Laser Safety Information
Laser Safety Bulletin
This brief bulletin has been prepared by LIA's Laser Safety Committee to educate
What is a Laser?
The optical spectrum. Laser light is nonionizing and ranges from the
Laser Hazards & Beam Hazards
The human body is vulnerable to the output of certain lasers, and under certain circumstances, exposure can result in damage to the eye and skin. Research relating to injury thresholds of the eye and skin has been carried out in order to understand the biological hazards of laser radiation. It is now widely accepted that the human eye is almost always more vulnerable to injury than human skin. The cornea (the clear, outer front surface of the eye's optics), unlike the skin, does not have an external layer of dead cells to protect it from the environment. In the far-ultraviolet and far-infrared regions of the optical spectrum, the cornea absorbs the laser energy and may be damaged. Figure 2 illustrates the absorption characteristics of the eye for different laser wavelength regions. At certain wavelengths in the near-ultraviolet region and in the near-infrared region, the lens of the eye may be vulnerable to injury. Of greatest concern, however, is laser exposure in the retinal hazard region of the optical spectrum, approximately 400 nm (violet light) to 1400 nm (near-infrared) and including the entire visible portion of the optical spectrum. Within this spectral region collimated laser rays are brought to focus on a very tiny spot on the retina. This is illustrated in Figure 3.
In order for the worst case exposure to occur, an individual's eye must be focussed at a distance and a direct beam or specular (mirror-like) reflection must enter the eye. The light entering the eye from a collimated beam in the retinal hazard region is concentrated by a factor of 100,000 times when it strikes the retina. Therefore, a visible, 10 milliwatt/cm2 laser beam would result in a 1000 watt/cm2 exposure to the retina, which is more than enough power density (irradiance) to cause damage. If the eye is not focussed at a distance or if the beam is reflected from a diffuse surface (not mirror-like), much higher levels of laser radiation would be necessary to cause injury. Likewise, since this ocular focussing effect does not apply to the skin, the skin is far less vulnerable to injury from these wavelengths.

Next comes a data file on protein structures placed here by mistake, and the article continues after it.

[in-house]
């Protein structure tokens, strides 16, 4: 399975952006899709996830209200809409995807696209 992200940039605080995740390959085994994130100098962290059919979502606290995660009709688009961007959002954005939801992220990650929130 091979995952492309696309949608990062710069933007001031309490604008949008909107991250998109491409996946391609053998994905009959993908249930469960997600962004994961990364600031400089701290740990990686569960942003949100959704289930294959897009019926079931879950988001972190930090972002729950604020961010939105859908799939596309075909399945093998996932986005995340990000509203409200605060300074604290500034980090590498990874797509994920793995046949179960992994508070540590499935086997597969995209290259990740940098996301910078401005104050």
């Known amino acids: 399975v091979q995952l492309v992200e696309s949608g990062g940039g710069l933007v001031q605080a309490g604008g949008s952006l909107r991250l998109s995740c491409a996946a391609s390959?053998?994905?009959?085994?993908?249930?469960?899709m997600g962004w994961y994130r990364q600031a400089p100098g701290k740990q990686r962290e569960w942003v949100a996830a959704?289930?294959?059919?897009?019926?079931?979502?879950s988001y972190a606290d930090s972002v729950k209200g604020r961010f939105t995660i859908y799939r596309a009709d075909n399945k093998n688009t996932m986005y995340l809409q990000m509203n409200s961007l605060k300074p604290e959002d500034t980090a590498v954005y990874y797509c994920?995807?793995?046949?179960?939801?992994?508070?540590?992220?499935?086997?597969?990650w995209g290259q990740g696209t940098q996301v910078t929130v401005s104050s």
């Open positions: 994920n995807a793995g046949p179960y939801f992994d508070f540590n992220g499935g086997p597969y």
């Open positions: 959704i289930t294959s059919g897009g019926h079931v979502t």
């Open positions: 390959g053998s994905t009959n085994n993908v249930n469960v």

Focussing effects of the human eye(From Sliney & Wolbarsht, Safety with Lasers and Other Optical Sources, Plenum Press, 1980)
If the eye is not focussed at a distance or if the beam is reflected from a diffuse surface (not mirror-like), much higher levels of laser radiation would be necessary to cause injury. Likewise, since this ocular focussing effect does not apply to the skin, the skin is far less vulnerable to injury from these wavelengths.
ANSI Z136.1 Safe Use of Lasers, the parent document in the Z136 series, provides information on how to classify lasers for safety, laser safety calculations and measurements, laser hazard control measures, and recommendations for Laser Safety Officers and Laser Safety Committees in all types of laser facilities. It is designed to provide the laser user with the information needed to properly develop a comprehensive laser safety program.